• Gordon Hood heads RMJM Hillier’s Global Education Studio. The practice, which has done work for the University of Cambridge, Cornell University, and other places of higher education, is now designing a branch campus for Libya’s 7th of October University. The master plan takes inspiration from the desert rose, an indigenous silica crystal.
    Gordon Hood heads RMJM Hillier’s Global Education Studio. The practice, which has done work for the University of Cambridge, Cornell University, and other places of higher education, is now designing a branch campus for Libya’s 7th of October University. The master plan takes inspiration from the desert rose, an indigenous silica crystal.
Earlier this year, RMJM Hillier became the first U.S. architecture firm to receive a commission in Libya since the United States normalized relations with the North African nation in 2006. Working in a country that has had a highly contentious relationship with the United States for decades and is led by a man—Moammar Gaddafi—most would describe as a dictator might give some firms pause, but this is nothing new for RMJM, which designed the Olympic Green Convention Center for the Beijing Olympics and the Okhta Center tower in St. Petersburg, Russia, for state-owned energy company Gazprom. "We do a lot of due diligence on the people we work for," RMJM CEO Peter Morrison told ARCHITECT last spring ("The House of Morrison," May 2008). "If we believed there was something morally deficient, we wouldn't work for these clients."

The project in Libya, a branch campus in Bani Walid for the 7th of October University that will serve more than 3,000 students, is being designed by the Global Education Studio, based in RMJM Hillier's Princeton, N.J., office. Construction on the 123-acre campus is expected to begin in 2009 and finish in 2010. Firm principal and studio director Gordon Hood spoke with ARCHITECT about design inspirations, dealing with the desert environment, and the development potential of a country with enormous amounts of open land and an equally large checkbook to pay for new construction.

How did the firm end up getting into Libya?
The Libyan government has a procurement arm called ODAC [Organisation for the Development of Administrative Centres], and they contacted us to see if we were interested in doing education work. We met them at our office in London and showed them our capabilities.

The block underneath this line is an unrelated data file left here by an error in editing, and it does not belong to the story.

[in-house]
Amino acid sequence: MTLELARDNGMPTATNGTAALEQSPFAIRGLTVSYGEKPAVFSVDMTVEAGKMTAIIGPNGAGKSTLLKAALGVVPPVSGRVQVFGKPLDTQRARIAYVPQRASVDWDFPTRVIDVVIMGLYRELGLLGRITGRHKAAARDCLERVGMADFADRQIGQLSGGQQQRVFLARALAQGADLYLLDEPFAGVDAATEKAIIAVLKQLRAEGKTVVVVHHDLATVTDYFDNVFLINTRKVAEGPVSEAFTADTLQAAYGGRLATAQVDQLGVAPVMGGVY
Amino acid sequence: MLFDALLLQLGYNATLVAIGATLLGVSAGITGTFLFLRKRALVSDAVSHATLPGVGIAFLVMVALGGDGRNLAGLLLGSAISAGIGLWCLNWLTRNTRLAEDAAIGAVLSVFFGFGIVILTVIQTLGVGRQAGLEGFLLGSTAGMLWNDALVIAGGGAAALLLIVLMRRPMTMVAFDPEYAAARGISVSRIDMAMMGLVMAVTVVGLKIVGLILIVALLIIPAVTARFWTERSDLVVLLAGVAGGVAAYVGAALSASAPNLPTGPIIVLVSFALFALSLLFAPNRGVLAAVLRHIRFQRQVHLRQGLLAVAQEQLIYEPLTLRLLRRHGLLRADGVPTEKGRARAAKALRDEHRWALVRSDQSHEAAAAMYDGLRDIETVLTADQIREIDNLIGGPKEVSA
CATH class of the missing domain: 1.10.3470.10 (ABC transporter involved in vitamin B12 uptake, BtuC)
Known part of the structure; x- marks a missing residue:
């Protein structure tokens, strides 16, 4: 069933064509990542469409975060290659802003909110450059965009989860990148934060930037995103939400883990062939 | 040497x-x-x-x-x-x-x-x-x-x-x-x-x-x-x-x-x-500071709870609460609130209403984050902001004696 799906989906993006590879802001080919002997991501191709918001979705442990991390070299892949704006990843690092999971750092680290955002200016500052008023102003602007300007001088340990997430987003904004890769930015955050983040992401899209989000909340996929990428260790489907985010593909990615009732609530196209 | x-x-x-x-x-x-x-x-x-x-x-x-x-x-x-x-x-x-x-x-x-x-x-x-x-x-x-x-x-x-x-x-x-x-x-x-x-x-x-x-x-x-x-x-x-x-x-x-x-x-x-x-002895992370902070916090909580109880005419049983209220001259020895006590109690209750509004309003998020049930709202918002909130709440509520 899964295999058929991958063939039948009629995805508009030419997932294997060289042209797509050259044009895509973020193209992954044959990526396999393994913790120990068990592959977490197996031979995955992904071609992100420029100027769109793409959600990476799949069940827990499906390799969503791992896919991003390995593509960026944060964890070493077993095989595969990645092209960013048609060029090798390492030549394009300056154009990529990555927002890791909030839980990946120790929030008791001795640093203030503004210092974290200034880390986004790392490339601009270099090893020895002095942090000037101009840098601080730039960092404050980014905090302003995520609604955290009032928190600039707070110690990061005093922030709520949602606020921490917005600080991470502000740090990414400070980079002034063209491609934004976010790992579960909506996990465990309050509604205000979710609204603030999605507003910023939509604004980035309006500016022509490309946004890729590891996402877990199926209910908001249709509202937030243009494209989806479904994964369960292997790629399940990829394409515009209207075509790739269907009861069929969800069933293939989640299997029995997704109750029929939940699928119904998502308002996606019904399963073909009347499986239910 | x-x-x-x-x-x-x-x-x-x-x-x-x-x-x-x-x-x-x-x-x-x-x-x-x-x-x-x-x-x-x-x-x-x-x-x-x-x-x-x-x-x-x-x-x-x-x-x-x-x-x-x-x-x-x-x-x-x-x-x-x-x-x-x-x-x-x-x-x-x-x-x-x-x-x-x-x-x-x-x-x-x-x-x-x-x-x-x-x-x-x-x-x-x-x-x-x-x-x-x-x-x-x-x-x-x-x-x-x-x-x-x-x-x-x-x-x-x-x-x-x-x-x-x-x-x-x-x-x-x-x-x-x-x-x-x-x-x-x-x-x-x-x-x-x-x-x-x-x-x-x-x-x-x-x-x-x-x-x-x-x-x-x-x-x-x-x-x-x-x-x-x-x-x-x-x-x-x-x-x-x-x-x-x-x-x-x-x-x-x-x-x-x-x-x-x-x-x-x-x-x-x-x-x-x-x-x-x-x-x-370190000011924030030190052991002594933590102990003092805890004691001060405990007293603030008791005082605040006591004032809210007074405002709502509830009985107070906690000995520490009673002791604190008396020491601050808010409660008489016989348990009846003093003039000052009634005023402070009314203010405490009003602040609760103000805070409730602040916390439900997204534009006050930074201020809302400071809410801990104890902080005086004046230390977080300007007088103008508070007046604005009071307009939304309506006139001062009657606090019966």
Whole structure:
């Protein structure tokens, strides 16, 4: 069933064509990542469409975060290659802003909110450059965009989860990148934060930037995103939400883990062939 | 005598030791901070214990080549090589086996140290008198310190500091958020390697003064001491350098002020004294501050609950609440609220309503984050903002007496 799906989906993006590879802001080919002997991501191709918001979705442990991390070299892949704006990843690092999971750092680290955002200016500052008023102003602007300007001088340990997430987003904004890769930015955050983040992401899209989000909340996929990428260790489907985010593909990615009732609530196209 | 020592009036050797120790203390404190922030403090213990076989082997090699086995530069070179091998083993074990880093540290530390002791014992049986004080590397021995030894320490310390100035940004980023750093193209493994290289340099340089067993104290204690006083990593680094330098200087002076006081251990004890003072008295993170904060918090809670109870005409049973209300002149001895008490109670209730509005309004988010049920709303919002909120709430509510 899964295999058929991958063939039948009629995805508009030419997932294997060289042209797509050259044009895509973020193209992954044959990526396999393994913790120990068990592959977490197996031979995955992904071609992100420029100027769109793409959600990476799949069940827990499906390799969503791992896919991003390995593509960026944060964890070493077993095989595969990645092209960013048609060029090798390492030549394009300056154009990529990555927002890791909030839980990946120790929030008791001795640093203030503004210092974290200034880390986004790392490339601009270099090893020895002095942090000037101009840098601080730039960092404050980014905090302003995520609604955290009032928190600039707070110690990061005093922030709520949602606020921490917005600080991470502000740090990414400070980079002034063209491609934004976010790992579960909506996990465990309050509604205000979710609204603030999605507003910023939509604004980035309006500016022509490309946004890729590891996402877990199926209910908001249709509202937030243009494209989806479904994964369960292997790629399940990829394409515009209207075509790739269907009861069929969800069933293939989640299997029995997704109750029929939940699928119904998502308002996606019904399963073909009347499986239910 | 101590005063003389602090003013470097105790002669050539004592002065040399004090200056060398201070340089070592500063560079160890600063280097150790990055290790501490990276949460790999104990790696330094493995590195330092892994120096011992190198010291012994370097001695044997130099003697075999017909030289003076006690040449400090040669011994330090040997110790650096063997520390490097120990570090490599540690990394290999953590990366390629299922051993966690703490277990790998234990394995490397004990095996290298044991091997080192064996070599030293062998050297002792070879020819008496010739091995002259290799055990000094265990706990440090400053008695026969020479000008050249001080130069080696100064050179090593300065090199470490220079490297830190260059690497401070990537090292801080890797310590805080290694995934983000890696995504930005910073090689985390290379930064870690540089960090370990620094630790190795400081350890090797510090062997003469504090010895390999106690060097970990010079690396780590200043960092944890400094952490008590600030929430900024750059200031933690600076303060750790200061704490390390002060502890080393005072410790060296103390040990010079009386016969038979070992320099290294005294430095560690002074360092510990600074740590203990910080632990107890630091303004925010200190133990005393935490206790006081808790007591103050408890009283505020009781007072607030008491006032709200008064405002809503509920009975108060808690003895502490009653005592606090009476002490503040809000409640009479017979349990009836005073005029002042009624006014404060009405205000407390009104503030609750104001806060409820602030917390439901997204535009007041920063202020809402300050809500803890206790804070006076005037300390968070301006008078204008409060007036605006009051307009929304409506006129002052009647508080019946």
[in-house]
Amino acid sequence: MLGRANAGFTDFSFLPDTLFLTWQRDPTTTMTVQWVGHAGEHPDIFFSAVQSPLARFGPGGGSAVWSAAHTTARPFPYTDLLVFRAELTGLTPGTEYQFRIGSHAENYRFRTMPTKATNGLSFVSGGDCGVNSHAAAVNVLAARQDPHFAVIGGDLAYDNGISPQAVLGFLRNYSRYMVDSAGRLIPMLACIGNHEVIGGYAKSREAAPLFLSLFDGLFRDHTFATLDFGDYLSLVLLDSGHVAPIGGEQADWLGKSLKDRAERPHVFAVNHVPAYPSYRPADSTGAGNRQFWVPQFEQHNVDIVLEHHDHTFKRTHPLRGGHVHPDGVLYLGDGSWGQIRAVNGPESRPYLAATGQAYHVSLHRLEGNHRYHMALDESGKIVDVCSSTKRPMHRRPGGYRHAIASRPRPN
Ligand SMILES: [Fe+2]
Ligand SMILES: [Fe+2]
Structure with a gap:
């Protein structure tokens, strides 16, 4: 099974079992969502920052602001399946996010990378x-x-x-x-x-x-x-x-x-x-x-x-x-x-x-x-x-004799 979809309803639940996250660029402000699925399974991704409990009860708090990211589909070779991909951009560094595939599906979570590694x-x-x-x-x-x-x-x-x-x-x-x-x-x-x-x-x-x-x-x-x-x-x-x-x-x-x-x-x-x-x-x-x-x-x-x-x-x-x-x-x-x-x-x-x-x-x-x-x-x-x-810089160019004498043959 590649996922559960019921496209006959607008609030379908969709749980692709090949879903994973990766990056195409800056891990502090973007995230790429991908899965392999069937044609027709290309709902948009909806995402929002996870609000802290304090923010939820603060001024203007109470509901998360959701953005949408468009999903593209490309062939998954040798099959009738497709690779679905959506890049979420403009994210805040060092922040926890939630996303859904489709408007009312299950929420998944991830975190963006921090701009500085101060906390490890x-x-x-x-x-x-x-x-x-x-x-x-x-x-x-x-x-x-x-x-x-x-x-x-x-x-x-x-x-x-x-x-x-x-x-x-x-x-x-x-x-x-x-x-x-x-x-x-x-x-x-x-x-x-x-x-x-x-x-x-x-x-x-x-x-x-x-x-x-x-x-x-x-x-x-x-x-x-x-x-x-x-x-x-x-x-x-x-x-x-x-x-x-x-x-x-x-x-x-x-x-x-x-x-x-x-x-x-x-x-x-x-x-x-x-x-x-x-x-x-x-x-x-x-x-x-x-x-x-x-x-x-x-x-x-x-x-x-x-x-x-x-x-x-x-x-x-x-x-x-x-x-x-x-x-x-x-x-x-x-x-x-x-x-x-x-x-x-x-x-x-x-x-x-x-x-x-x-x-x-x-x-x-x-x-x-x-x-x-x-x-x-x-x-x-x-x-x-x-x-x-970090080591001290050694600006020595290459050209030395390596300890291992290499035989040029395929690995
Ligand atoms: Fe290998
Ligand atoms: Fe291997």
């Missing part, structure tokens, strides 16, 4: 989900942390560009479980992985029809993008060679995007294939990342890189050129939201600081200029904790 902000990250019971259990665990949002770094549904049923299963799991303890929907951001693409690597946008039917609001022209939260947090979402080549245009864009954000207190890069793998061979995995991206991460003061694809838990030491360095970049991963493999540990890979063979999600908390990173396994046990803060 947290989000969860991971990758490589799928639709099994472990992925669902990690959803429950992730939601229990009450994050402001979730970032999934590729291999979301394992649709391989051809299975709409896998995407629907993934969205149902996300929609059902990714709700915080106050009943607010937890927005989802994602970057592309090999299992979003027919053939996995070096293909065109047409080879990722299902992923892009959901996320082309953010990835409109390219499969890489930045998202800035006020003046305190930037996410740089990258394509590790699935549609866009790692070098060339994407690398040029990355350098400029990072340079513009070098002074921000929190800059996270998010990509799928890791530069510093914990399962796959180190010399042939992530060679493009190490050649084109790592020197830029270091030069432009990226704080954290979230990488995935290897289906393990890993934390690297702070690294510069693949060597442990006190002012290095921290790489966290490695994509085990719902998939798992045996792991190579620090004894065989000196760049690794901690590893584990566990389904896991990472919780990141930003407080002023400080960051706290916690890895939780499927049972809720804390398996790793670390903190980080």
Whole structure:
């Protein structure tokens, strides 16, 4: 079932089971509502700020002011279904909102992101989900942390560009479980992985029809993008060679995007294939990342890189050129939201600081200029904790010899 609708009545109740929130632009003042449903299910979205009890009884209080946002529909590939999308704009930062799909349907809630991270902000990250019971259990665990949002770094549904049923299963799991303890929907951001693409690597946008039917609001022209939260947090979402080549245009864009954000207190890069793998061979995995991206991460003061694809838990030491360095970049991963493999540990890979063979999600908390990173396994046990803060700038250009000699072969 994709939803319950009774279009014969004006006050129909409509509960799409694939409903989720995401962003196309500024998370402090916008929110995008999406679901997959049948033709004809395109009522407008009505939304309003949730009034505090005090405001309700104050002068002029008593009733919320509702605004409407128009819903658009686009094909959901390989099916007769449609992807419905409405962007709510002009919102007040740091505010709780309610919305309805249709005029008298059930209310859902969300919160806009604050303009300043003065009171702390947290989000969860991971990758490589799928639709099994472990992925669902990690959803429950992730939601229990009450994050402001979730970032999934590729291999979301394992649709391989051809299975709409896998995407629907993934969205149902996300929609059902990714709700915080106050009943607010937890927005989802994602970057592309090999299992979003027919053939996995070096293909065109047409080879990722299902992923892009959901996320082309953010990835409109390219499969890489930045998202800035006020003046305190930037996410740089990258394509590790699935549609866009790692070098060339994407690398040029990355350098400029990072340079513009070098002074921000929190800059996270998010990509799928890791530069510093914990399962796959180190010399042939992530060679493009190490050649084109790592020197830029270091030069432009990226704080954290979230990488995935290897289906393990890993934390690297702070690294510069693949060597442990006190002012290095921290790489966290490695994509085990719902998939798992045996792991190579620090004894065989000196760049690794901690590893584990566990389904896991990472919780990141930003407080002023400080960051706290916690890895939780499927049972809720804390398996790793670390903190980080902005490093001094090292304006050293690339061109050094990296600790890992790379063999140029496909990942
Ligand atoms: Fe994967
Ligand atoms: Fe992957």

Inspiration for the campus comes from the desert rose, a silica crystal. How did this happen?
The campus is in the desert. We visited the site and did a lot of background research. We wanted something indigenous and discussed a number of ideas, of which the desert rose was one. That appealed to them.

Are you working with a local firm?
No. We are doing the designs from here but are visiting Tripoli to meet the client, and we have some meetings in London and some by videoconference.

Do you plan on opening an office in Tripoli?
Hard to say at the moment. That would be down the line. We wouldn't be doing that for two projects, but we might review that in the future.

  • Gordon Hood
    Gordon Hood

What are your impressions of the country?
Huge potential, if you think how all of the other sides of the Mediterranean are some of the most expensive real estate in the world. The country has huge oil reserves. Basically, they have money in the bank. They've decided, I think, to go on a modernization program of nearly every one of their social services—education, health, residential—but they're also moving forward with a huge tourist program, looking at developing 400 kilometers of coastline. There are not that many tourists there at the moment. They have some of the best Roman ruins in the world.

Does Libya have a vernacular style you are drawing from, or is what you're doing entirely new?
Libya has a very rich history. Many civilizations have left their mark in terms of architecture. But to some degree, they have all colonized Libya. We looked for indigenous forms, particularly forms that could deal with the severe desert climate. We found a very interesting settlement called Ghadames [a UNESCO world heritage site]. It deals with climate in terms of buildings being clustered close together, with narrow courtyards and connecting spaces. They're very interested in the campus buildings being contemporary. There's no pastiche. So, in a sense, the origins of the culture are used as inspiration, but not in terms of re-creating a historic style. It's used as a starting point.

Are you trying to make the campus as green as possible?
They are very interested in it being sustainable. We are looking at introducing as many areas of natural ventilation as we can, having areas of circulation which are open walkways rather than air-conditioned spaces—but some of the more technical spaces are air-conditioned. We're trying to make it low-energy. We're trying to use materials which can be delivered locally. We have to figure out the technologies which are most appropriate to be delivered by the Libyan construction industry.

Have you met Gaddafi?
I have not. He meets Condoleezza Rice.